'Garage': A Visually and Intellectually Rich Study of a Seemingly Blank Space
Olivia Erlanger and Luis Ortega Govela's Garage challenges the beguiling, energizing, and yet limiting power of the garage in America as a symbol of escape and reinvention.
Olivia Erlanger and Luis Ortega Govela
The garage, at first glance, makes for a mundane symbol. And yet, Americans have imbued this deceptively "blank space" with a great deal of meaning. Even so, they may not fully understand that meaning, or its limitations. Olivia Erlanger and Luis Ortega Govela's book, a work of cultural studies, attempts to analyze the significance of the garage (i.e., the theoretical and material implications of the structure). They argue that Garage, an extension of their essay, Hate Suburbia: The Conspiracy of the Garage (2016), "is not a book about garages but about the power of constructing a space for fluid otherness" (11). Their work reveals a number of unexpected insights and connections and will appeal mostly to academic readers.
American artist Erlanger and Mexican architect Ortega Govela have blended their skill sets to create what amounts to an extended essay on the history and mythology of the garage, liberally accompanied by their own garage-related artwork. Erlanger and Ortega Govela cleverly appropriate, deconstruct, and reconstitute found images that they intersperse with the book's main text. For example, Ortega Govela's IWoz features a photograph of a smiling inventor and tech guru Steve Wozniak superimposed over a depiction of the Apple logo filled with pride colors. One uncredited piece features Ayn Rand's passport photograph placed above the Disney logo. Garage's artwork is often imaginative and well rendered, making visual some of the ideas explored in the text. Along with adding to the aesthetic beauty of the book, the artwork helps to illustrate the authors' core theme: the ways in which the garage's promise of liberation from society's strictures have been repeatedly undermined by the structure's tendency to reinforce aspects of the status quo, especially those pertaining to gender and capitalism.
Erlanger and Ortega Govela begin their study with the revolutionary architect Frank Lloyd Wright, the purported inventor of the garage. Focusing on the Robie House in Chicago, Erlanger and Ortega Govela situate Wright's innovation in the context of the emerging popularity of the automobile and the growth of the suburbs. The car, of course, was essential to the creation of the modern suburb, and Wright's garage aided in the acceleration of this trend. "Simply put," the authors contend, "the garage and the car it safeguarded were not only the technologies by which suburbia was devised but also the tools that allowed for suburbia to spread like a disease throughout the American landscape" (43).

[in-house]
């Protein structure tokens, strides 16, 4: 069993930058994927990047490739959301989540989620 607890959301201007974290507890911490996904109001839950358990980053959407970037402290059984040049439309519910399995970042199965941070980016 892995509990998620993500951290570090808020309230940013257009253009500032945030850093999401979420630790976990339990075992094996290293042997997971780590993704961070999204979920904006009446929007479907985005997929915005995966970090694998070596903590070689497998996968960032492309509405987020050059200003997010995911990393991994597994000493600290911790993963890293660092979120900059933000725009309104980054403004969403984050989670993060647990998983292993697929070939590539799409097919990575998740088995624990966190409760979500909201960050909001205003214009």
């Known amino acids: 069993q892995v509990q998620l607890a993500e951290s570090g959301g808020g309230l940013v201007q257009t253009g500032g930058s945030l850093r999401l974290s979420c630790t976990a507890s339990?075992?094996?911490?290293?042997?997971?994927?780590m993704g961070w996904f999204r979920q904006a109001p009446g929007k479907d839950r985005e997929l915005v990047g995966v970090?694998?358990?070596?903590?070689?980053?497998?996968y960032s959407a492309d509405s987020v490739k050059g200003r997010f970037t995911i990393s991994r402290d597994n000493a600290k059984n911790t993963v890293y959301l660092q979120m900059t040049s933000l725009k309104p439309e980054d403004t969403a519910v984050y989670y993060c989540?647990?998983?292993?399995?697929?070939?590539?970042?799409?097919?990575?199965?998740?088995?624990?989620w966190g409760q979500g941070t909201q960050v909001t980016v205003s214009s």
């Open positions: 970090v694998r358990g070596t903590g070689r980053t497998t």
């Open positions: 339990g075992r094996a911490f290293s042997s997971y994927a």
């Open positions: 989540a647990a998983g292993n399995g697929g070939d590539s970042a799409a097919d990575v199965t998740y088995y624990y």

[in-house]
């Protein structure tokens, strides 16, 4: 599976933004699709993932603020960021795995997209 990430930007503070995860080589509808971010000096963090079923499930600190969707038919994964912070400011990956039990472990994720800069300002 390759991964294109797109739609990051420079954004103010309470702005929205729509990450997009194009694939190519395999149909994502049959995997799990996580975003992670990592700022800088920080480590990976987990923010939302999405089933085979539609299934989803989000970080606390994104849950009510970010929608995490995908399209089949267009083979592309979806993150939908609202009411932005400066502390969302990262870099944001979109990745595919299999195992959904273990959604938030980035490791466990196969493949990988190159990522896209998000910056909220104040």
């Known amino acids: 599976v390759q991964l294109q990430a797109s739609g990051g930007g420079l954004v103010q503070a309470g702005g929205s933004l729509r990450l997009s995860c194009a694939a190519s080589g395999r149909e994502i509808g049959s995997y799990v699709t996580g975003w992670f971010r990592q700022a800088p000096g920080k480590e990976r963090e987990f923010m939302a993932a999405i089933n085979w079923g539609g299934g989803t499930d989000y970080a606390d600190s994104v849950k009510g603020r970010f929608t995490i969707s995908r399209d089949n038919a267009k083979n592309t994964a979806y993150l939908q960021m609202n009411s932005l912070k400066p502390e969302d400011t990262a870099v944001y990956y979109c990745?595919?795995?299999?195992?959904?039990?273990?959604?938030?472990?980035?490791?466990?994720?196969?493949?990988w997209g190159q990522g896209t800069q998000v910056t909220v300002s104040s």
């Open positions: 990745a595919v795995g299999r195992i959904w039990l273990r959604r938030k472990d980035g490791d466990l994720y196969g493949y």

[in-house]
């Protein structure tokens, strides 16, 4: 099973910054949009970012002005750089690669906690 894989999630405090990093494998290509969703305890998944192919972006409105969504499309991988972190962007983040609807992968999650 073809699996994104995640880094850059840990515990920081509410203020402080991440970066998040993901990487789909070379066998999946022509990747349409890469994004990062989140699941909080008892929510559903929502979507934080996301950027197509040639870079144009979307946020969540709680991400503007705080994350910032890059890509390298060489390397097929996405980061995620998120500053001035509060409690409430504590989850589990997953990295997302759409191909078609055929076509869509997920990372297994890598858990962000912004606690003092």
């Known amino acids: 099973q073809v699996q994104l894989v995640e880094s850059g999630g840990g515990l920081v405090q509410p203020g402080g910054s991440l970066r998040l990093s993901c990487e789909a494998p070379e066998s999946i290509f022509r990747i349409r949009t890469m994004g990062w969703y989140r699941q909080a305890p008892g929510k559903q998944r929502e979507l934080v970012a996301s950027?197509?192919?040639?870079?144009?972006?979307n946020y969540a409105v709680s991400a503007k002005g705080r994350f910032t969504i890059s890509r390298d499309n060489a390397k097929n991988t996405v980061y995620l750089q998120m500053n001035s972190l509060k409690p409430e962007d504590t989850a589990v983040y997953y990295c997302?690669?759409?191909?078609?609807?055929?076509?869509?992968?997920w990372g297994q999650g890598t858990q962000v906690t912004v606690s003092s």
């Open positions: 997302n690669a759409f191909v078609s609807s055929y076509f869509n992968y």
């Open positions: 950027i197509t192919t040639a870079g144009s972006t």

That "disease" would seep further into American culture after World War II, underwritten by federal government institutions and policies that encouraged homeownership and economic stimulation; the Federal Housing Administration, for example, offered mortgages to mostly white homeowners in suburban areas, but only for homes with garages. Thus, the connection between the car, the suburbs, and the garage was established. Erlanger and Ortega Govela address the obvious racism inherent in this trend, from the white-favoring policies of the government and private corporations to the phenomenon of "white flight", which added race to the list of the suburbs' homogenous elements. As the garage became an essential aspect of the suburban home, and therefore of the suburban lifestyle, its presence exposed the false dichotomy between the public world of work and materiality and the private one of domesticity that rows and rows of suburban ranch homes represented. "Through its economic value," Erlanger and Ortega Govela write, "the home reveals that it was transformed from a space of refuge to our primary financial asset." And, in the garage especially, "[the home] acted as a testing ground for corporate interests."